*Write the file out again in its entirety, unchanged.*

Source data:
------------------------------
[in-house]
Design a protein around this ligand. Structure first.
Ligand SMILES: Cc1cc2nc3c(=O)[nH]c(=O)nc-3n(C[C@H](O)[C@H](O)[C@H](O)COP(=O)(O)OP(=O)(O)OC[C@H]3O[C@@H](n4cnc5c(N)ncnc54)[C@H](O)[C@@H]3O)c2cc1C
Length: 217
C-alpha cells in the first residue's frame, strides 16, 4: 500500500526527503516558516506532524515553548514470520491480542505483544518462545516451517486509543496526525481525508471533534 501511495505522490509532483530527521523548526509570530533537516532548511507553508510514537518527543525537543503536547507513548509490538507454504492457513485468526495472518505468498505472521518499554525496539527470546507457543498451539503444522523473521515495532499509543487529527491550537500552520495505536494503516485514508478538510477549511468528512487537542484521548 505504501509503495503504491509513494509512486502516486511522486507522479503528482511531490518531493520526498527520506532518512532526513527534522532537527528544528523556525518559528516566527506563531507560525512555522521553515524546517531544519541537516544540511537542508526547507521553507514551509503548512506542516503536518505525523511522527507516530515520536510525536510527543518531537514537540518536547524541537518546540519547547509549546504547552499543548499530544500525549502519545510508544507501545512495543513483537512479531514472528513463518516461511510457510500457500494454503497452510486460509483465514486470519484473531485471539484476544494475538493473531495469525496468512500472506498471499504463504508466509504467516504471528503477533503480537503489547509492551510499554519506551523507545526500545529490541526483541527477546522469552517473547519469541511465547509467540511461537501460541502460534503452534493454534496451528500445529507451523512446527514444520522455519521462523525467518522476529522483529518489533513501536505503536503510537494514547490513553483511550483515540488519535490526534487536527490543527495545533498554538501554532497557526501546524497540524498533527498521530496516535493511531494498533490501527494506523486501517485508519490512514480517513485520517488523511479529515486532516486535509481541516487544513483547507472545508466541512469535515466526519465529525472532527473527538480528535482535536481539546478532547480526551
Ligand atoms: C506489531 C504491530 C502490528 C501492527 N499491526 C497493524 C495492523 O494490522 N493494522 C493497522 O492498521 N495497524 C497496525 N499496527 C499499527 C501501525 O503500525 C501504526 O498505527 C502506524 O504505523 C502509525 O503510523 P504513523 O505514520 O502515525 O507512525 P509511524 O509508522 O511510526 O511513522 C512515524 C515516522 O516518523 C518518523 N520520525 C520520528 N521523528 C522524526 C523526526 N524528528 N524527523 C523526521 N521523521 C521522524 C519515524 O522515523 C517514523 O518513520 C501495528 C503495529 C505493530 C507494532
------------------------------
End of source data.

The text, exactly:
[in-house]
Design a protein around this ligand. Structure first.
Ligand SMILES: Cc1cc2nc3c(=O)[nH]c(=O)nc-3n(C[C@H](O)[C@H](O)[C@H](O)COP(=O)(O)OP(=O)(O)OC[C@H]3O[C@@H](n4cnc5c(N)ncnc54)[C@H](O)[C@@H]3O)c2cc1C
Length: 217
C-alpha cells in the first residue's frame, strides 16, 4: 500500500526527503516558516506532524515553548514470520491480542505483544518462545516451517486509543496526525481525508471533534 501511495505522490509532483530527521523548526509570530533537516532548511507553508510514537518527543525537543503536547507513548509490538507454504492457513485468526495472518505468498505472521518499554525496539527470546507457543498451539503444522523473521515495532499509543487529527491550537500552520495505536494503516485514508478538510477549511468528512487537542484521548 505504501509503495503504491509513494509512486502516486511522486507522479503528482511531490518531493520526498527520506532518512532526513527534522532537527528544528523556525518559528516566527506563531507560525512555522521553515524546517531544519541537516544540511537542508526547507521553507514551509503548512506542516503536518505525523511522527507516530515520536510525536510527543518531537514537540518536547524541537518546540519547547509549546504547552499543548499530544500525549502519545510508544507501545512495543513483537512479531514472528513463518516461511510457510500457500494454503497452510486460509483465514486470519484473531485471539484476544494475538493473531495469525496468512500472506498471499504463504508466509504467516504471528503477533503480537503489547509492551510499554519506551523507545526500545529490541526483541527477546522469552517473547519469541511465547509467540511461537501460541502460534503452534493454534496451528500445529507451523512446527514444520522455519521462523525467518522476529522483529518489533513501536505503536503510537494514547490513553483511550483515540488519535490526534487536527490543527495545533498554538501554532497557526501546524497540524498533527498521530496516535493511531494498533490501527494506523486501517485508519490512514480517513485520517488523511479529515486532516486535509481541516487544513483547507472545508466541512469535515466526519465529525472532527473527538480528535482535536481539546478532547480526551
Ligand atoms: C506489531 C504491530 C502490528 C501492527 N499491526 C497493524 C495492523 O494490522 N493494522 C493497522 O492498521 N495497524 C497496525 N499496527 C499499527 C501501525 O503500525 C501504526 O498505527 C502506524 O504505523 C502509525 O503510523 P504513523 O505514520 O502515525 O507512525 P509511524 O509508522 O511510526 O511513522 C512515524 C515516522 O516518523 C518518523 N520520525 C520520528 N521523528 C522524526 C523526526 N524528528 N524527523 C523526521 N521523521 C521522524 C519515524 O522515523 C517514523 O518513520 C501495528 C503495529 C505493530 C507494532